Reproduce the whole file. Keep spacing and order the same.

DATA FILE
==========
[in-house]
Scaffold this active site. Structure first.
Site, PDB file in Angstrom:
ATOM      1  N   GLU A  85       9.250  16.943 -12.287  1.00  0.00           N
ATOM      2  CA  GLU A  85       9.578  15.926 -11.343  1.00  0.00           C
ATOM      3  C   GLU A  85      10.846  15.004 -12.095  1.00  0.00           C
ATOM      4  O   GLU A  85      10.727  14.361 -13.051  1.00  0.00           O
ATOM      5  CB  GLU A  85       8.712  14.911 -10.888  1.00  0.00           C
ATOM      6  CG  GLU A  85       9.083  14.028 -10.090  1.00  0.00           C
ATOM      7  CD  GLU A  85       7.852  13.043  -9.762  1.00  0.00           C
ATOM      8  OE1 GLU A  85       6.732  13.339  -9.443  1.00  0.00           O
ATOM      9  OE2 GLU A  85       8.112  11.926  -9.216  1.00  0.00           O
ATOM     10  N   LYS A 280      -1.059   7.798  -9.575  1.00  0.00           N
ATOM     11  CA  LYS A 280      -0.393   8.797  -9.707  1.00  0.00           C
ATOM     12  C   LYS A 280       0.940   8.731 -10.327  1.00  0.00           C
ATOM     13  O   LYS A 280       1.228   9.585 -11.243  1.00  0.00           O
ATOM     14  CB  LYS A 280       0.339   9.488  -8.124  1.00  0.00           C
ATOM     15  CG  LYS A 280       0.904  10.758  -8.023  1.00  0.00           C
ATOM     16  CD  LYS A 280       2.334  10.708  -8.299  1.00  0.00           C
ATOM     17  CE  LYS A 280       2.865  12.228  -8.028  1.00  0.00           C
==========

[in-house]
Scaffold this active site. Structure first.
Site, PDB file in Angstrom:
ATOM      1  N   GLU A  85       9.250  16.943 -12.287  1.00  0.00           N
ATOM      2  CA  GLU A  85       9.578  15.926 -11.343  1.00  0.00           C
ATOM      3  C   GLU A  85      10.846  15.004 -12.095  1.00  0.00           C
ATOM      4  O   GLU A  85      10.727  14.361 -13.051  1.00  0.00           O
ATOM      5  CB  GLU A  85       8.712  14.911 -10.888  1.00  0.00           C
ATOM      6  CG  GLU A  85       9.083  14.028 -10.090  1.00  0.00           C
ATOM      7  CD  GLU A  85       7.852  13.043  -9.762  1.00  0.00           C
ATOM      8  OE1 GLU A  85       6.732  13.339  -9.443  1.00  0.00           O
ATOM      9  OE2 GLU A  85       8.112  11.926  -9.216  1.00  0.00           O
ATOM     10  N   LYS A 280      -1.059   7.798  -9.575  1.00  0.00           N
ATOM     11  CA  LYS A 280      -0.393   8.797  -9.707  1.00  0.00           C
ATOM     12  C   LYS A 280       0.940   8.731 -10.327  1.00  0.00           C
ATOM     13  O   LYS A 280       1.228   9.585 -11.243  1.00  0.00           O
ATOM     14  CB  LYS A 280       0.339   9.488  -8.124  1.00  0.00           C
ATOM     15  CG  LYS A 280       0.904  10.758  -8.023  1.00  0.00           C
ATOM     16  CD  LYS A 280       2.334  10.708  -8.299  1.00  0.00           C
ATOM     17  CE  LYS A 280       2.865  12.228  -8.028  1.00  0.00           C